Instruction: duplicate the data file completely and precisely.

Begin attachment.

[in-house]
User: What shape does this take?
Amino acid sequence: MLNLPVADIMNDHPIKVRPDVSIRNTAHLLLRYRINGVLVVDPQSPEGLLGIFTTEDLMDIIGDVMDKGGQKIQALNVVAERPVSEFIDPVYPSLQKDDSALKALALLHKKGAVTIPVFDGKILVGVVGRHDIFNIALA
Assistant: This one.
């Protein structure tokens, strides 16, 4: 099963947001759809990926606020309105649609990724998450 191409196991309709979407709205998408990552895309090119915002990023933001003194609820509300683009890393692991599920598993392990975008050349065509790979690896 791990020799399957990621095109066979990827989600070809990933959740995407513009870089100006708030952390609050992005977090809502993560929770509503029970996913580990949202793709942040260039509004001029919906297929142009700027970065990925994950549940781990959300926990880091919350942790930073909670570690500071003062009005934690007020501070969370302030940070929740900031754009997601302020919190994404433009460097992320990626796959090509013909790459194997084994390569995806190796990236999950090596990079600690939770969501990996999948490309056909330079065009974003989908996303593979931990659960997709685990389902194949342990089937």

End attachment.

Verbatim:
[in-house]
User: What shape does this take?
Amino acid sequence: MLNLPVADIMNDHPIKVRPDVSIRNTAHLLLRYRINGVLVVDPQSPEGLLGIFTTEDLMDIIGDVMDKGGQKIQALNVVAERPVSEFIDPVYPSLQKDDSALKALALLHKKGAVTIPVFDGKILVGVVGRHDIFNIALA
Assistant: This one.
């Protein structure tokens, strides 16, 4: 099963947001759809990926606020309105649609990724998450 191409196991309709979407709205998408990552895309090119915002990023933001003194609820509300683009890393692991599920598993392990975008050349065509790979690896 791990020799399957990621095109066979990827989600070809990933959740995407513009870089100006708030952390609050992005977090809502993560929770509503029970996913580990949202793709942040260039509004001029919906297929142009700027970065990925994950549940781990959300926990880091919350942790930073909670570690500071003062009005934690007020501070969370302030940070929740900031754009997601302020919190994404433009460097992320990626796959090509013909790459194997084994390569995806190796990236999950090596990079600690939770969501990996999948490309056909330079065009974003989908996303593979931990659960997709685990389902194949342990089937």